• In many biological systems, chemical reactions or changes in a physical state are assumed to occur instantaneously. For describing the dynamics of those systems, Markov models that require exponentially distributed inter-event times have been used widely. However, some biophysical processes such as gene transcription and translation are known to have a significant gap between the initiation and the completion of the processes, which renders the usual assumption of exponential distribution untenable. We consider relaxing this assumption by incorporating age-dependent random time delays into the system dynamics. We do so by constructing a measure-valued Markov process on a more abstract state space, which allows us to keep track of the 'ages' of molecules participating in a chemical reaction. We study the large-volume limit of such age-structured systems. We show that, when appropriately scaled, the stochastic system can be approximated by a system of Partial Differential Equations (PDEs) in the large-volume limit, as opposed to Ordinary Differential Equations (ODEs) in the classical theory. We show how the limiting PDE system can be used for the purpose of further model reductions and for devising efficient simulation algorithms.

Mathematical approaches to vascular biology

Organized by: Jessica Crawshaw (The University of Melbourne, Australia), James Osborne (The University of Melbourne, Australia), Lowell Edgar (The University of Edinburgh, Scotland)
Note: this minisymposia has multiple sessions. The second session is MS17-CDEV.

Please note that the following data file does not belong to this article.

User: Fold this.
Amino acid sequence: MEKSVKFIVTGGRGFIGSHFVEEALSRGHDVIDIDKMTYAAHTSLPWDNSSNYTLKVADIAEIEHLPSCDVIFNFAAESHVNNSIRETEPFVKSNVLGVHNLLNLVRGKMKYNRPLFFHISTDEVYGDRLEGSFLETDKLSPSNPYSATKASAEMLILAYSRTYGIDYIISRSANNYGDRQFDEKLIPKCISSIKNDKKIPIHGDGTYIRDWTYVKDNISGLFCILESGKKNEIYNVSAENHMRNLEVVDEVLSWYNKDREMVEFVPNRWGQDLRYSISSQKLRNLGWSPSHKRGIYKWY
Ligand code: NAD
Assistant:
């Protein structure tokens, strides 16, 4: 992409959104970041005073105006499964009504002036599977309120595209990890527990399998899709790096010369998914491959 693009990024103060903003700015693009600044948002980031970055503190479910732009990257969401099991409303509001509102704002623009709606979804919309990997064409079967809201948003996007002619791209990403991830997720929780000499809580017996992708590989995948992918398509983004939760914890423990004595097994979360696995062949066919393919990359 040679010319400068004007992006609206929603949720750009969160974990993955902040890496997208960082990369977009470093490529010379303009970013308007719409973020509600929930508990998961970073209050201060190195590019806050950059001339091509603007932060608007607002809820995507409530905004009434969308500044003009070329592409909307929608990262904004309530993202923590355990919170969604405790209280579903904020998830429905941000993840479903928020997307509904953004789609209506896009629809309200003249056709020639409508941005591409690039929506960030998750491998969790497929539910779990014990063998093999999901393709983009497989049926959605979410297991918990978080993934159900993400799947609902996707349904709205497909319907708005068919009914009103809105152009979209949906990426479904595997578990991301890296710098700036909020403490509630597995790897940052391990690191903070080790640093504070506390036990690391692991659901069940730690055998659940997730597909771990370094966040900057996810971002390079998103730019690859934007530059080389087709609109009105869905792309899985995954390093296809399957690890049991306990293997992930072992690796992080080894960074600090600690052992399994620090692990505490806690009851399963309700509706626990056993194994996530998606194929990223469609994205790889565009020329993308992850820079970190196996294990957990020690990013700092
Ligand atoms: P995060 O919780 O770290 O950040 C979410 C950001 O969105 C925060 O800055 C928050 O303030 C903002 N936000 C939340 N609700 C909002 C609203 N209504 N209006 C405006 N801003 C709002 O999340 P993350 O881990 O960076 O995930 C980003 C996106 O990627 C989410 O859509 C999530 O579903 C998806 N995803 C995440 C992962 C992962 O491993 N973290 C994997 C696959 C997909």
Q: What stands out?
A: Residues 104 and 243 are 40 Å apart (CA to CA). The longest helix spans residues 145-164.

• Jessica Crawshaw (The University of Melbourne, Australia)
    "To collapse or not to collapse: how do mechanical forces drive vascular regression?"
  • Vascular regression is a critical process concluding the maturation of developing capillary networks, in which redundant blood vessels are removed. Recent research suggests that forces from the local blood flow (haemodynamic forces) trigger polarized endothelial cell migration against the flow, resulting in capillary collapse and regression. However, vascular regression is also driven by several additional pathways including local adhesion forces and cellular signalling factors. Due to the delicate nature of these microvessels, it is difficult to experimentally untangle the roles of each pathway during vascular development. As such, the development of computational models to analyse the relationship between the local haemodynamic forces and the surrounding vasculature during regression are invaluable. In this talk, we will present a novel computational framework to mathematically study and isolate the role of haemodynamic in vessel deformation and collapse during vascular regression. To model regression, we describe the capillary wall as a discretised hyperelastic membrane, coupled with a lattice-Boltzmann model of blood flow in an iterative manner. This discrete approach provides a natural framework to consider the relationship between the capillary wall and the local blood flow, and allows for the easy inclusion of structural heterogeneities across the capillary wall. Using this model we are able to examine the role of the haemodynamic forces during vascular regression, as well as the network level ramifications of local regression.